Review of Smokehouse EP by FingerSnap

A fresh, soul-drenched, catchy offering, the Smokehouse EP is the debut release from FingerSnap; a collaboration between two established musicians David McAlmont and Guy Davies.

'I Wanna Rise' kicks in immediately with a funky bass groove and string hook; the bass-flanked verse establishes the soulful Fingersnap blend and pushes into a catchy chorus equally as strong as any of the great 70s soul tracks, sounding the powerful smooth soul vocal of David McAlmont. The opening track to the duo's debut EP is undeniably strong, well-produced with an irresistibly infectious movement-inducing quality. 'Some Kind Of Masterpiece' opens with left hand piano accompanied by a subtle percussion line creating a gentle Latin vibe; the sparse accompaniment really highlights McAlmont's flexible and effortless vocal. The track gradually builds up with a characteristically soul rhythm guitar part and gentle string lines, pushing into a much fuller blend for the second verse and onwards, concluding with a soulful guitar solo fade out. Fingersnap's closest contemporary is perhaps someone like Cee Lo Green, but this is an undoubtedly fuller orchestration with high-quality production in the vein of one of the soul legends; Stevie Wonder, for instance.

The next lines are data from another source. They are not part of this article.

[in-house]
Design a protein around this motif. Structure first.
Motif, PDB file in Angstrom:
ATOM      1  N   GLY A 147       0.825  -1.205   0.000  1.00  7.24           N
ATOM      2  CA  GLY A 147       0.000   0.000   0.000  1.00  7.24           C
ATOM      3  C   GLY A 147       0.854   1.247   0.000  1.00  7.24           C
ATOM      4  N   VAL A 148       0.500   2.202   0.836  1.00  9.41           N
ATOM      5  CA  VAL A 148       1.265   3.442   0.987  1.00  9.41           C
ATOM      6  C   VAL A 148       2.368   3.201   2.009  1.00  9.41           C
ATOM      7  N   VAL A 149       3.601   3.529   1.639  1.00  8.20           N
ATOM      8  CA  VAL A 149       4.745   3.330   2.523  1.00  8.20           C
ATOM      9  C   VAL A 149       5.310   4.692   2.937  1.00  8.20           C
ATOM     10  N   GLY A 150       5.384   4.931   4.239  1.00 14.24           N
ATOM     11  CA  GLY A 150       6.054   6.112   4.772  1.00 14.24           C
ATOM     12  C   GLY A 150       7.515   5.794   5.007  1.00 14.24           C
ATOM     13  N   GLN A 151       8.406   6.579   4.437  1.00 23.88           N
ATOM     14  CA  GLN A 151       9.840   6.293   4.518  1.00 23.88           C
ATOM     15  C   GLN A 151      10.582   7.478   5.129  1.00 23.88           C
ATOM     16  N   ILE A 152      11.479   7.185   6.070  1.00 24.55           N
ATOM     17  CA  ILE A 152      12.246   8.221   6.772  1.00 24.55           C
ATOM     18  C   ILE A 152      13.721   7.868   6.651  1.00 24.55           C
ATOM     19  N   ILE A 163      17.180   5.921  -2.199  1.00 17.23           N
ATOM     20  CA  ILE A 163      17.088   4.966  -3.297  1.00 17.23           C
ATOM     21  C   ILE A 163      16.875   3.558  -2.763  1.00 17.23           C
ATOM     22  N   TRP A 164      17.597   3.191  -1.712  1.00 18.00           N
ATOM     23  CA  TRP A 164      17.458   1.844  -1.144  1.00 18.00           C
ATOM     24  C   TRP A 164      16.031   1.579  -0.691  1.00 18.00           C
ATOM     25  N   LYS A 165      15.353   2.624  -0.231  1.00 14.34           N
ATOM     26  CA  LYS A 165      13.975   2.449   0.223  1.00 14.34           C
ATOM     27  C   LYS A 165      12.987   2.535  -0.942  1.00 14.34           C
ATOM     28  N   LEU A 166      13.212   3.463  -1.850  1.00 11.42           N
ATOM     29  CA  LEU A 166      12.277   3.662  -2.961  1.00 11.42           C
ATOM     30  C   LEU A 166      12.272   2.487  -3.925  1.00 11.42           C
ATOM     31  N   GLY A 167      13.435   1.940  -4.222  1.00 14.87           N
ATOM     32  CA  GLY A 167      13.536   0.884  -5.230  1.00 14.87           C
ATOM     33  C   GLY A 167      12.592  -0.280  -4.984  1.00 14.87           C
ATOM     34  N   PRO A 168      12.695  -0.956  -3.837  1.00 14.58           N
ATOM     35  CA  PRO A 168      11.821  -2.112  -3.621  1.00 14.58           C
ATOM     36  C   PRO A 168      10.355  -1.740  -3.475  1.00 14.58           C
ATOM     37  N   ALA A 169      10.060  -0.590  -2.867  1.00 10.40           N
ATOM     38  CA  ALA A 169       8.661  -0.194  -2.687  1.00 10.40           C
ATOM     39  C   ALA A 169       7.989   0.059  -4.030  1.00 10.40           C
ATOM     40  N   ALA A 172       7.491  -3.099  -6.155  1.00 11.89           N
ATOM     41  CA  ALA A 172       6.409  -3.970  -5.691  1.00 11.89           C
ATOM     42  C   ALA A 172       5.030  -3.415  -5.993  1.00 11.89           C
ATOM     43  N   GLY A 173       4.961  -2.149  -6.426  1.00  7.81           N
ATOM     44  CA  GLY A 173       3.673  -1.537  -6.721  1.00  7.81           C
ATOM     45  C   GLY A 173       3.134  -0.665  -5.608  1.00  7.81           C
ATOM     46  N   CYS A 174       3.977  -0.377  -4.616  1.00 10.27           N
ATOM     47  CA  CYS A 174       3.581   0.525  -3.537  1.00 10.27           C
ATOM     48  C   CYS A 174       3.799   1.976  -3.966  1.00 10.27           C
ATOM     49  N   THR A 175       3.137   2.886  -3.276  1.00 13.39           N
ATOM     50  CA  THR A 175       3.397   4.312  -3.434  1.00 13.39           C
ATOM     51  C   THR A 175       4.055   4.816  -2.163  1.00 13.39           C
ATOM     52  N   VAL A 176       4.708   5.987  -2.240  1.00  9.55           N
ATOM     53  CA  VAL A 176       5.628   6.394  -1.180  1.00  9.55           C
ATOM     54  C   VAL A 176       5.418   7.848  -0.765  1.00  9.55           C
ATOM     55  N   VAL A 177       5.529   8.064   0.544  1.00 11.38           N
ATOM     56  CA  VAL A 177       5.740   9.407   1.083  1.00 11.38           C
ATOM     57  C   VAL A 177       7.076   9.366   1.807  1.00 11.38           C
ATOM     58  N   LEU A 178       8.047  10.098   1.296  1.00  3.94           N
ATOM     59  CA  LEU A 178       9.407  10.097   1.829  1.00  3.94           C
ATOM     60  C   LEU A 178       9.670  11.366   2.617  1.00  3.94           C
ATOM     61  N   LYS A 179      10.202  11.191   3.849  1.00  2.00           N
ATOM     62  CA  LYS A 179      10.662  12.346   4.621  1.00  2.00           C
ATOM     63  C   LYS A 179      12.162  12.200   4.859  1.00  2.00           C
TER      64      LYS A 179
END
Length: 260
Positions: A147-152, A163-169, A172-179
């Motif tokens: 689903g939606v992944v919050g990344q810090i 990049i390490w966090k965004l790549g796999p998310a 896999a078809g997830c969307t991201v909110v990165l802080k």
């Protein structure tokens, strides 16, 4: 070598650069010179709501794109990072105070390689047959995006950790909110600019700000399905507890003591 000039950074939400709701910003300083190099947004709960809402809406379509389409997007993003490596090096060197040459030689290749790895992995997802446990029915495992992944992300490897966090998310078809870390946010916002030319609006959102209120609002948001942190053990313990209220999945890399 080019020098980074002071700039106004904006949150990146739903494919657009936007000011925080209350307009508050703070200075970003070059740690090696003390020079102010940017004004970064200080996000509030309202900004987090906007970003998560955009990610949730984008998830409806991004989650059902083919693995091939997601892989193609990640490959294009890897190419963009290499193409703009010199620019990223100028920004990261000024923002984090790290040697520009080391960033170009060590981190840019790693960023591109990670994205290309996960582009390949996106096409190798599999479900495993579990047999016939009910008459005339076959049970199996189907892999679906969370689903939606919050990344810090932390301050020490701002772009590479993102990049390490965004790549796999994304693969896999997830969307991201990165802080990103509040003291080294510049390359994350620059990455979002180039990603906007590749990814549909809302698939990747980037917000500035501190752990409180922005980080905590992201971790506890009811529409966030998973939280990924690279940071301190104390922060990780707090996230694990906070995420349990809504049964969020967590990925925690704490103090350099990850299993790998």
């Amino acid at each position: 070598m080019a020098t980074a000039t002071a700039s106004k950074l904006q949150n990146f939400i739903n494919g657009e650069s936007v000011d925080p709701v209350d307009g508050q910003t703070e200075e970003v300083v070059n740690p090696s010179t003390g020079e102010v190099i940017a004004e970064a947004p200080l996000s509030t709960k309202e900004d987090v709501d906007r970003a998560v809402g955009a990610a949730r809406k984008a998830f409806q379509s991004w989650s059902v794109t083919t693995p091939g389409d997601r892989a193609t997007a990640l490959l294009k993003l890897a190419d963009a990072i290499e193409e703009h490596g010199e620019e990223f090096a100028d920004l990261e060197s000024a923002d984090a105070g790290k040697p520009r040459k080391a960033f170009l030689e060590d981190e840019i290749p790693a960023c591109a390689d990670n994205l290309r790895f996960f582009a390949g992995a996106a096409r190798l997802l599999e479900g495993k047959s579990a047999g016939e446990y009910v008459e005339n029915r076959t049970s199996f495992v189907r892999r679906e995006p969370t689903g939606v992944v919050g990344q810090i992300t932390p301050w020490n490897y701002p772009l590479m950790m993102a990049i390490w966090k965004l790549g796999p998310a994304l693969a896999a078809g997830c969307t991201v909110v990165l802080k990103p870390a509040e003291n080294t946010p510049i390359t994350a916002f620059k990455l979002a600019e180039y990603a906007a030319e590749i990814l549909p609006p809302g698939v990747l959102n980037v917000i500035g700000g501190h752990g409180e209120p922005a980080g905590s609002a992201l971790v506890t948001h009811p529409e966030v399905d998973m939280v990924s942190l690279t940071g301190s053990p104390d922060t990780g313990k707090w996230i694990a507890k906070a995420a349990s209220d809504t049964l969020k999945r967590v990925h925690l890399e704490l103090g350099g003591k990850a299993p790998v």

FingerSnap Smokehouse EP

The up-tempo 'Mister' opens with percussion-flanked vocals which are gradually joined by layer after layer, bass the guitars, before pushing forward into a fuller, string-backed blend. Thinner verses are contrasted by fuller choruses throughout, intercepted by Chuck Berry-esque guitar licks and flavoured by the distinctive vibrato of the Hammond organ. Smokehouse concludes with a stunning piano-accompanied vocal solo, 'The Bishop Of New Hampshire' which sounds the beautiful clarity of McAlmont's vocal in a steady paced ballad to conclude Fingersnap's debut collaborative EP. Also featuring London's Gay Men's Chorus who are particularly evident in the tracks' moving a capella vocal outro, the concluding track, about the openly gay American bishop Gene Robinson, is heartfelt and emotional with lyrics telling of the horror of homophobic reality.

Infectious and toe-tapping alongside stunningly moving; Fingersnap's debut herald's the beginning of a superbly formed musical partnership.

Hannah Spencer

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